Azerbaijan International

Autumn 1999 (7.3)
Pages 14-15

Baku Diary:
Growing Up "To Be"

by Jonelle Glosch

Baku kidsWhen I was a child, I used to hear people say:
"If you want to find life, first you have to lose it." I really didn't know what that meant until I got older. Such a paradox! How can you gain by losing? Now I understand its meaning everyday in Azerbaijan.
Azerbaijan has lost itself so many times throughout the ages, most recently in this century under the Soviet system. But after gaining its independence in 1991, it seems slowly to be discovering itself again.

Young students playing with their dolls at a Baku kindergarten, 1951. Photo: National Archives

The "Contract of the Century," a term that Azerbaijanis use to describe the major oil contract signed in 1994, promised untold wealth. People scrambled after the potential, only to be thrown into confusion when
everything downshifted late last year.
What seems to be emerging now is a new
way out of the old.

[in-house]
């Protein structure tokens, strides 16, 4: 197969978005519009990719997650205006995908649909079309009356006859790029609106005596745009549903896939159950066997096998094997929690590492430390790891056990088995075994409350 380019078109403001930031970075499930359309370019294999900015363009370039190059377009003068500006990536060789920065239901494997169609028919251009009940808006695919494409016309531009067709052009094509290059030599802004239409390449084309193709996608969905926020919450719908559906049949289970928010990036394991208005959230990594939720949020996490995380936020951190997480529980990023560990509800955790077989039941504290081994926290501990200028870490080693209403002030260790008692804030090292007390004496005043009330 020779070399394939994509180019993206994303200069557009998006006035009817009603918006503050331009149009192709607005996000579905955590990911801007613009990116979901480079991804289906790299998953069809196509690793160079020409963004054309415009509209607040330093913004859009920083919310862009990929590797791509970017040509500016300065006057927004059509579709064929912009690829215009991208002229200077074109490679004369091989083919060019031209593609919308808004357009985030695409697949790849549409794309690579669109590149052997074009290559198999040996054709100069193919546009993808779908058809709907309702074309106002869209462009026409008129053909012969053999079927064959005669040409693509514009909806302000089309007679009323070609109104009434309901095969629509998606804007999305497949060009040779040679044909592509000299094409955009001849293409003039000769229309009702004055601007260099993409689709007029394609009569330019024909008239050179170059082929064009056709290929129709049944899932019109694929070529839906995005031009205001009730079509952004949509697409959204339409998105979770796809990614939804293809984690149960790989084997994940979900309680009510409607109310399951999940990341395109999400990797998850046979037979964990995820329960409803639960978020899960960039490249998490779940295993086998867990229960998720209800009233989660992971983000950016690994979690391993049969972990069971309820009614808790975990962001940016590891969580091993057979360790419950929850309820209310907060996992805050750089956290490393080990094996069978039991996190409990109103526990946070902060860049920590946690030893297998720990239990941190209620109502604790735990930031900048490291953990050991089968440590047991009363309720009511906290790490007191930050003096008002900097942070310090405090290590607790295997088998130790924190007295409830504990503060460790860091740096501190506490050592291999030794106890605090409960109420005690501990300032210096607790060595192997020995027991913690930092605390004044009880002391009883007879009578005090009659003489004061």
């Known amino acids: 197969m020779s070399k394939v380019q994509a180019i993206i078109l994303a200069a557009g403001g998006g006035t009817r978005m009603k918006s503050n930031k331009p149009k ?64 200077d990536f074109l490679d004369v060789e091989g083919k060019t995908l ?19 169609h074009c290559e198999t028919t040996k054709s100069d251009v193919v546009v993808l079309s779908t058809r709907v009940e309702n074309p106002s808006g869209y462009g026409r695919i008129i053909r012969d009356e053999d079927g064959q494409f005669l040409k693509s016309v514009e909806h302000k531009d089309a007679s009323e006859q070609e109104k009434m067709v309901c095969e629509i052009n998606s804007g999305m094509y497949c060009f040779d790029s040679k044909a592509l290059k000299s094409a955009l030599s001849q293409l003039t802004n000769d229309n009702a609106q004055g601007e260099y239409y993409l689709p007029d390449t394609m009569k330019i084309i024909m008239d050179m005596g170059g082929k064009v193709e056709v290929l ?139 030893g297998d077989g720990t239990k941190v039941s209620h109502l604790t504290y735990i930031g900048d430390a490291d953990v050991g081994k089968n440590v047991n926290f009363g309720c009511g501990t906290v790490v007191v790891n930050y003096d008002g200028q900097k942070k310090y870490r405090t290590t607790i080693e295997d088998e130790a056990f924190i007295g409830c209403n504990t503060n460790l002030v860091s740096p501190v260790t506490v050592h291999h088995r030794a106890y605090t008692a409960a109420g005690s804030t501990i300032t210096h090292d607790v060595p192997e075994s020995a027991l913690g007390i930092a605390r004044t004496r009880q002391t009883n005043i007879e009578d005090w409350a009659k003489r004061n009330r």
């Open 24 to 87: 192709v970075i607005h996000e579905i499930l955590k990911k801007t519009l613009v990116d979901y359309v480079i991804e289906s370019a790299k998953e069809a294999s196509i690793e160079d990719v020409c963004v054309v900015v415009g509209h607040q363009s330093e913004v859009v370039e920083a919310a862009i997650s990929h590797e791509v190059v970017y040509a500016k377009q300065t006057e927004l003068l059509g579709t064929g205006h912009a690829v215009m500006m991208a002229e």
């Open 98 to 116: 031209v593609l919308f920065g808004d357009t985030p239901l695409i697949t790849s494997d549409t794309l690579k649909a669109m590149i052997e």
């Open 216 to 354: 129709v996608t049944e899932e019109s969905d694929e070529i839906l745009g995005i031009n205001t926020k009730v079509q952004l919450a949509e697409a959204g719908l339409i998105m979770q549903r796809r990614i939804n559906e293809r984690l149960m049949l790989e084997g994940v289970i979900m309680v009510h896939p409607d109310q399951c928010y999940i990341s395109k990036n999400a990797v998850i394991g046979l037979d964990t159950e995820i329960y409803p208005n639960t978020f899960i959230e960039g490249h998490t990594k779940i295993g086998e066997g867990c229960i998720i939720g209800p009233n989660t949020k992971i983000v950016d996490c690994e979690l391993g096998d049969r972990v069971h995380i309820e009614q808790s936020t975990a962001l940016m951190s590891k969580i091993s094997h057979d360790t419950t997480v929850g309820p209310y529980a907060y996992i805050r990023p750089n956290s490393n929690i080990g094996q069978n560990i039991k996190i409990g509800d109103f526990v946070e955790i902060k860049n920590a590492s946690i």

Now I find that Azerbaijanis are thinking more realistically about development in their country, not just in terms of oil. Offshore project Shah Daniz seems to have abundant gas reserves. Azerbaijan is beginning to think about its new role as a gas-exporting nation and establishing a new type of infrastructure.

Azerbaijan has committed to establish a permanent secretariat in Baku for the TRACECA Project (Transportation Corridor for Europe-Caucasus-Asia) - the rebuilding of the Silk Road, which used to connect Europe with the Orient via Central Asia. The ambitious highway upgrade between Baku and Tbilisi now underway demonstrates Azerbaijan's commitment to a new dimension in travel. So there are new signs of life emerging from the rubble of the old ways.